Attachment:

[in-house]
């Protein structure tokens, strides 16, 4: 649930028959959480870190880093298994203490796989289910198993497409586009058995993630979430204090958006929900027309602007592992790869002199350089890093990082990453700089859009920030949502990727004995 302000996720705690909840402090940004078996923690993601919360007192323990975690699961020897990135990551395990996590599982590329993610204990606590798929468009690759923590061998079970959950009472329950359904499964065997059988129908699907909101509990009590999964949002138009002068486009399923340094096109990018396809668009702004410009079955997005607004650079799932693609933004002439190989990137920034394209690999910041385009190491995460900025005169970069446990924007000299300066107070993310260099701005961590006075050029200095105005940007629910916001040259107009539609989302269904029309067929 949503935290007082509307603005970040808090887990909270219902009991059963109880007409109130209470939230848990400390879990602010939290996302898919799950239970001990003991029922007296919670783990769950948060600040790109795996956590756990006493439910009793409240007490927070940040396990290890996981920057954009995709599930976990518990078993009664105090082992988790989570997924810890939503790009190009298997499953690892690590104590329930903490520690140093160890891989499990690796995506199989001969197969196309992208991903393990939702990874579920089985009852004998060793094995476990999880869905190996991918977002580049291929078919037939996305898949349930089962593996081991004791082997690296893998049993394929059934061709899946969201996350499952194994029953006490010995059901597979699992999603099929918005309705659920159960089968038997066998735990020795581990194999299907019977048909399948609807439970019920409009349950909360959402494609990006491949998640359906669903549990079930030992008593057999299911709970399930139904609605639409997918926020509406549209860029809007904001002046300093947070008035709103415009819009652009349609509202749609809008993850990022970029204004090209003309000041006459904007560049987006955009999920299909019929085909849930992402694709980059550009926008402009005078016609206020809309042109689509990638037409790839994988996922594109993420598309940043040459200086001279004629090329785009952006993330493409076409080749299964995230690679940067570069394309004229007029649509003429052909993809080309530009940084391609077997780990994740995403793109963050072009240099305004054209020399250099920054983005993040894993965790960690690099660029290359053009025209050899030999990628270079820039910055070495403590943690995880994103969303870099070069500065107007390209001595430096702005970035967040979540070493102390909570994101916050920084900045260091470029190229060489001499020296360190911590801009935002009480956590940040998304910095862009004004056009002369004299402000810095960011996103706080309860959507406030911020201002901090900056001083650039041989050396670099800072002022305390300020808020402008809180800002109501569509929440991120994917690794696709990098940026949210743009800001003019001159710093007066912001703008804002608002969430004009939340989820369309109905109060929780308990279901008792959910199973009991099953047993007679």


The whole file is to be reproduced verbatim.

[in-house]
């Protein structure tokens, strides 16, 4: 649930028959959480870190880093298994203490796989289910198993497409586009058995993630979430204090958006929900027309602007592992790869002199350089890093990082990453700089859009920030949502990727004995 302000996720705690909840402090940004078996923690993601919360007192323990975690699961020897990135990551395990996590599982590329993610204990606590798929468009690759923590061998079970959950009472329950359904499964065997059988129908699907909101509990009590999964949002138009002068486009399923340094096109990018396809668009702004410009079955997005607004650079799932693609933004002439190989990137920034394209690999910041385009190491995460900025005169970069446990924007000299300066107070993310260099701005961590006075050029200095105005940007629910916001040259107009539609989302269904029309067929 949503935290007082509307603005970040808090887990909270219902009991059963109880007409109130209470939230848990400390879990602010939290996302898919799950239970001990003991029922007296919670783990769950948060600040790109795996956590756990006493439910009793409240007490927070940040396990290890996981920057954009995709599930976990518990078993009664105090082992988790989570997924810890939503790009190009298997499953690892690590104590329930903490520690140093160890891989499990690796995506199989001969197969196309992208991903393990939702990874579920089985009852004998060793094995476990999880869905190996991918977002580049291929078919037939996305898949349930089962593996081991004791082997690296893998049993394929059934061709899946969201996350499952194994029953006490010995059901597979699992999603099929918005309705659920159960089968038997066998735990020795581990194999299907019977048909399948609807439970019920409009349950909360959402494609990006491949998640359906669903549990079930030992008593057999299911709970399930139904609605639409997918926020509406549209860029809007904001002046300093947070008035709103415009819009652009349609509202749609809008993850990022970029204004090209003309000041006459904007560049987006955009999920299909019929085909849930992402694709980059550009926008402009005078016609206020809309042109689509990638037409790839994988996922594109993420598309940043040459200086001279004629090329785009952006993330493409076409080749299964995230690679940067570069394309004229007029649509003429052909993809080309530009940084391609077997780990994740995403793109963050072009240099305004054209020399250099920054983005993040894993965790960690690099660029290359053009025209050899030999990628270079820039910055070495403590943690995880994103969303870099070069500065107007390209001595430096702005970035967040979540070493102390909570994101916050920084900045260091470029190229060489001499020296360190911590801009935002009480956590940040998304910095862009004004056009002369004299402000810095960011996103706080309860959507406030911020201002901090900056001083650039041989050396670099800072002022305390300020808020402008809180800002109501569509929440991120994917690794696709990098940026949210743009800001003019001159710093007066912001703008804002608002969430004009939340989820369309109905109060929780308990279901008792959910199973009991099953047993007679």